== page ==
Farm forestry has the potential to replace 58m litres of home heating oil


Exciting new Teagasc research indicates that private investment in forestry provides a massive opportunity for the wood energy sector in Ireland.

Thinnings from privately-owned forests could help to reduce the dependence of domestic and commercial consumers on oil for their heating needs.

There are nearly 60,000 hectares of forestry now over 15 years of age and research indicates that two-thirds of these plantations are ready for thinning. Annual output from the private sector has the potential to rise from its current level of just 100,000 cubic metres per annum, up to 1.1 million cubic metres per annum by 2015.

Private planting of forests increased in the 1990s and these are now maturing for harvest. It is anticipated that half of the landowners will opt to thin, which could lift the annual output to 550,000 cubic metres per annum by 2015. A high percentage of this thinning volume - 340,000 cubic metres - has the potential to supply the wood energy market. This energy resource is equivalent to 2.24 million giga-joules - or 58 million litres of home heating oil. That is enough energy to heat 58,000 houses, based on an average sized house using 1,000 litres of home heating oil each year.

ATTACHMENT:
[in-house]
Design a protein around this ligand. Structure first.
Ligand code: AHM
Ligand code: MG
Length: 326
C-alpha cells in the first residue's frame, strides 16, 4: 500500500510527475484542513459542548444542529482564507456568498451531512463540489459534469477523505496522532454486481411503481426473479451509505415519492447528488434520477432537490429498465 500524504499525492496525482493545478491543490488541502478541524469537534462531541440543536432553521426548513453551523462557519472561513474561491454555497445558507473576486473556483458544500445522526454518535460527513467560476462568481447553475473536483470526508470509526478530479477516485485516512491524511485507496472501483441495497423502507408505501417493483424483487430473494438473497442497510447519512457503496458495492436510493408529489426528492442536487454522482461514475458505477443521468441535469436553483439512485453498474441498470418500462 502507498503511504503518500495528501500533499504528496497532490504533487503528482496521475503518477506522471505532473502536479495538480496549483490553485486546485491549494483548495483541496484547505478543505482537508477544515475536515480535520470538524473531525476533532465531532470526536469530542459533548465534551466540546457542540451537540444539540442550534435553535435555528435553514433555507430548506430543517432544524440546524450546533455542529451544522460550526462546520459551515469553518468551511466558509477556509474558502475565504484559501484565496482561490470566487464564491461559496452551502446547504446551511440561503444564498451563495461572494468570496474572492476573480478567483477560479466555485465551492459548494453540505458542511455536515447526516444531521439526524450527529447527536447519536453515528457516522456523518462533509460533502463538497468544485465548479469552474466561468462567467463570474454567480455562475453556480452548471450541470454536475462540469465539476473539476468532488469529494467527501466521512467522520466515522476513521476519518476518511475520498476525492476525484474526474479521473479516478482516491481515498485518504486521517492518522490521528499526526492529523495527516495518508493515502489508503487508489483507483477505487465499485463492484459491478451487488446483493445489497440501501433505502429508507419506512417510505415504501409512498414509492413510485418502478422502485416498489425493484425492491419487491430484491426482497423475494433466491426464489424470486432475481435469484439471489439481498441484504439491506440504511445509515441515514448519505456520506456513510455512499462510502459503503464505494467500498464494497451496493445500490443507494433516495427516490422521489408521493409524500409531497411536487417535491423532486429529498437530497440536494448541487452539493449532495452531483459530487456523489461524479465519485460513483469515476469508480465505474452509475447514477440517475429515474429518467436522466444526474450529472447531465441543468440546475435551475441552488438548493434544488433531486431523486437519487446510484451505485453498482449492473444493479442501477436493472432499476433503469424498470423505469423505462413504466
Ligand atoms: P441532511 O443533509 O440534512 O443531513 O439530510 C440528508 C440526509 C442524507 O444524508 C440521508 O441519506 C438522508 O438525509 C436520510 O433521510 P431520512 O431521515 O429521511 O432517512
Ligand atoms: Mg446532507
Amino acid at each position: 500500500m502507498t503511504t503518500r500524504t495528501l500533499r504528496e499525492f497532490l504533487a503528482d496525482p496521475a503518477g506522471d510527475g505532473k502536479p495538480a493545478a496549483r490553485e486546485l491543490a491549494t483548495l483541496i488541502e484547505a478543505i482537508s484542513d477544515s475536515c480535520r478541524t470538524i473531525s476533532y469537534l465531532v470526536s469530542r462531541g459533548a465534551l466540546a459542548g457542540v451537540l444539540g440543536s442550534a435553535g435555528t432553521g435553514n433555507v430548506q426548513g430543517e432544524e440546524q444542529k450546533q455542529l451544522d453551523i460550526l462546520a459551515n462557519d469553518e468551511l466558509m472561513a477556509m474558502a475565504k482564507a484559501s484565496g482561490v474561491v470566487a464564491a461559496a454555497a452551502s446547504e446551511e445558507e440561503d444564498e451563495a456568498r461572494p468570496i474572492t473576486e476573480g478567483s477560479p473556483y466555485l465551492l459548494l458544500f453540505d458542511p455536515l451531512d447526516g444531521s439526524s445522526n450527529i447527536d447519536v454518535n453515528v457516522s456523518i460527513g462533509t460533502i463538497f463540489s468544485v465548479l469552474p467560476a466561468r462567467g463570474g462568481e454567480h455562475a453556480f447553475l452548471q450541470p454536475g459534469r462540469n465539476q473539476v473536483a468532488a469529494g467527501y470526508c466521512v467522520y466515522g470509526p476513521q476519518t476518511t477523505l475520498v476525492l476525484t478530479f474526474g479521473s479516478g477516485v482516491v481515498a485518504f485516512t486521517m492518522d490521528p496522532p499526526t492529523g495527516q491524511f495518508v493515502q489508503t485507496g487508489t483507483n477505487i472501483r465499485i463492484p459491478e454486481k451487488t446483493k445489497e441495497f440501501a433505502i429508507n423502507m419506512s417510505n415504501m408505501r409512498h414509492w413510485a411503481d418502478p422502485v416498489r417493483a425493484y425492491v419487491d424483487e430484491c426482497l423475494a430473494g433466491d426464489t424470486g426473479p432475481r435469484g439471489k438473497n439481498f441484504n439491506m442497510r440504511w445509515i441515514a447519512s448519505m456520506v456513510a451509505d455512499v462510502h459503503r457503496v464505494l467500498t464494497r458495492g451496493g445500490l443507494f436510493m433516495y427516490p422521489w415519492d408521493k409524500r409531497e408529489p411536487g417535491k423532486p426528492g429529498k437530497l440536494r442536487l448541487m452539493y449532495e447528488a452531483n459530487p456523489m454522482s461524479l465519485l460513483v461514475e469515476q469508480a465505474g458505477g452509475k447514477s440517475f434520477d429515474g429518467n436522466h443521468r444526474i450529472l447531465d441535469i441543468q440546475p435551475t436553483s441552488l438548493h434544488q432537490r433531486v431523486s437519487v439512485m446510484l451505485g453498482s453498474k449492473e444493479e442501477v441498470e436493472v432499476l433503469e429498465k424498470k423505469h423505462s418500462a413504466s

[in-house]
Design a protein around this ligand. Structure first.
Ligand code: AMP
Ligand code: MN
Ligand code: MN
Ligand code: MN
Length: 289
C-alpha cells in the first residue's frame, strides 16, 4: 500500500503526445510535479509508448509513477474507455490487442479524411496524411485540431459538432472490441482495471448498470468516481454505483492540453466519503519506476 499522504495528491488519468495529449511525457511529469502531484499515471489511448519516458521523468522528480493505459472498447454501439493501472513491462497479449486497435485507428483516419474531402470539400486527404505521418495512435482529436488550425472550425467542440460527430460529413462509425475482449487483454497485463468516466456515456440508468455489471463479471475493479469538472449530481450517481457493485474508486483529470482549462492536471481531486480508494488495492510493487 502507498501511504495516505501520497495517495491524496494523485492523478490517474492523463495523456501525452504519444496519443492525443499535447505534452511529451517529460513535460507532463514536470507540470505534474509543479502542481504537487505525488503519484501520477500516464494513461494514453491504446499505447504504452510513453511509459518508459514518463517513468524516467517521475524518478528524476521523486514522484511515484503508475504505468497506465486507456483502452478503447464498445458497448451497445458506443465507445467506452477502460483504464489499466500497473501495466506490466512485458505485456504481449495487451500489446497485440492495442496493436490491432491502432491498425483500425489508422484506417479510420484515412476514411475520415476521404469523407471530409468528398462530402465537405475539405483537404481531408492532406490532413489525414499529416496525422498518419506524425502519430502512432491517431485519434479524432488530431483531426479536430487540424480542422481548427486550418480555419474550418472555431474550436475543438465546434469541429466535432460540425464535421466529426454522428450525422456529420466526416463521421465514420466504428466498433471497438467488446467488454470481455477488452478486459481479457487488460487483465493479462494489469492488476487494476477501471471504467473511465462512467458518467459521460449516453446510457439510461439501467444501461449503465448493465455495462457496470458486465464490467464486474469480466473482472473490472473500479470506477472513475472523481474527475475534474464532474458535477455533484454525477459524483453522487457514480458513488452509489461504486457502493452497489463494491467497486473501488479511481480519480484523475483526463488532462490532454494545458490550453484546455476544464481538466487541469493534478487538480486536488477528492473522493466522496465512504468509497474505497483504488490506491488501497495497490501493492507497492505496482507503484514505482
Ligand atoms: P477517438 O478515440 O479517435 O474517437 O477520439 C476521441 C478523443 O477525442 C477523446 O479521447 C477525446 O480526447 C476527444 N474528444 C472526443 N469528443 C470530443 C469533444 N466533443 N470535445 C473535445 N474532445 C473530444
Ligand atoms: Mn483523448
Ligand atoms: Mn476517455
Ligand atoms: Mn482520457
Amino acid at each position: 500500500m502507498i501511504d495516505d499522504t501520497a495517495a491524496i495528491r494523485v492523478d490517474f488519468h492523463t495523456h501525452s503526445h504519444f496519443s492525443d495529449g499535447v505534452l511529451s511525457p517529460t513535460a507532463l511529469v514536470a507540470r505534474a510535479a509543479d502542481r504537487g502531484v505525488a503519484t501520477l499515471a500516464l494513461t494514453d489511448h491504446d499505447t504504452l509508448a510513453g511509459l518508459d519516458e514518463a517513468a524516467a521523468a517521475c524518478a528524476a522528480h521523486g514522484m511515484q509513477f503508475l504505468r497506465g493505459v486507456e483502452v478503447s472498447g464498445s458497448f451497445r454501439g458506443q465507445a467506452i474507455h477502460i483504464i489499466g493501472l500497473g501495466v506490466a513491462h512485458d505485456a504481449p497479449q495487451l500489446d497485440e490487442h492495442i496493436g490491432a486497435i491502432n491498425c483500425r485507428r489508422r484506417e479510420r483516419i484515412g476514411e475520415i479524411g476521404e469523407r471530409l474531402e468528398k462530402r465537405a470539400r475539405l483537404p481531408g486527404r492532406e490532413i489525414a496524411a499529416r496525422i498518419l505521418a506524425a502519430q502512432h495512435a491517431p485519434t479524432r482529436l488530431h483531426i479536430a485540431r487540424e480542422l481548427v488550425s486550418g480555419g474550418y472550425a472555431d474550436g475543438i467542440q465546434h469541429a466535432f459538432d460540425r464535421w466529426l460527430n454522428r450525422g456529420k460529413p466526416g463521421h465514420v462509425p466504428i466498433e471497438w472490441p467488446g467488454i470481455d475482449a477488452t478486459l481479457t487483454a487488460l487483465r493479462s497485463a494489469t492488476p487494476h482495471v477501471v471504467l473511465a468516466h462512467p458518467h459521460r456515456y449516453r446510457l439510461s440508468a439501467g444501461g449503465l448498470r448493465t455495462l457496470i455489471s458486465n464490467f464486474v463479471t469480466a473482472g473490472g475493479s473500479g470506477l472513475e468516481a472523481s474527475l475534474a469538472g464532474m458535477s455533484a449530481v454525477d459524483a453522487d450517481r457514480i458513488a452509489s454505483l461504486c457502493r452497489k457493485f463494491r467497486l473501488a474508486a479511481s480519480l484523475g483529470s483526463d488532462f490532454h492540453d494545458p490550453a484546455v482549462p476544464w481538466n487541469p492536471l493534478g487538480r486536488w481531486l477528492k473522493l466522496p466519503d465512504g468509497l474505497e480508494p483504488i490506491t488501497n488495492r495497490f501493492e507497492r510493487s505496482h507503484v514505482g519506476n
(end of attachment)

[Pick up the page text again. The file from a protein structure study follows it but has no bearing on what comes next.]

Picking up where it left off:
Speaking at the Bioenergy '08 conference in Athenry on Friday 20 June, Teagasc forestry researcher Niall Farrelly said - "Because of the nature and composition of farmer-owned plantations, the wood energy markets offer farmers the opportunity to sell their produce to new and growing markets - particularly in areas where no market opportunities previously existed. It also offers farmers the opportunity to have their plantations thinned. In order to realise this potential, it is crucial that farmers thin plantations where appropriate."

New research - sponsored by COFORD and presented at Bioenergy '08 in Athenry - aims to investigate the structures to quantify, locate and market timber for forest owners. It is planned to develop a framework for the optimal quantification of the wood resources from farm forests using clustering techniques.

Recent initiatives in Clare and Donegal have used the produce of first-thinning to supply the wood energy market for local and municipal heating requirements. Teagasc has been instrumental in setting up timber producer groups across the country, together with local stakeholders.

Teagasc forestry development officer, Steven Meyen said - "Local farmers are pooling their resources together, so that they can offer the market a secure multi-annual supply of timber. The producer group in Donegal is already managing approximately 10,000 acres - making these farmers the heat suppliers of the future."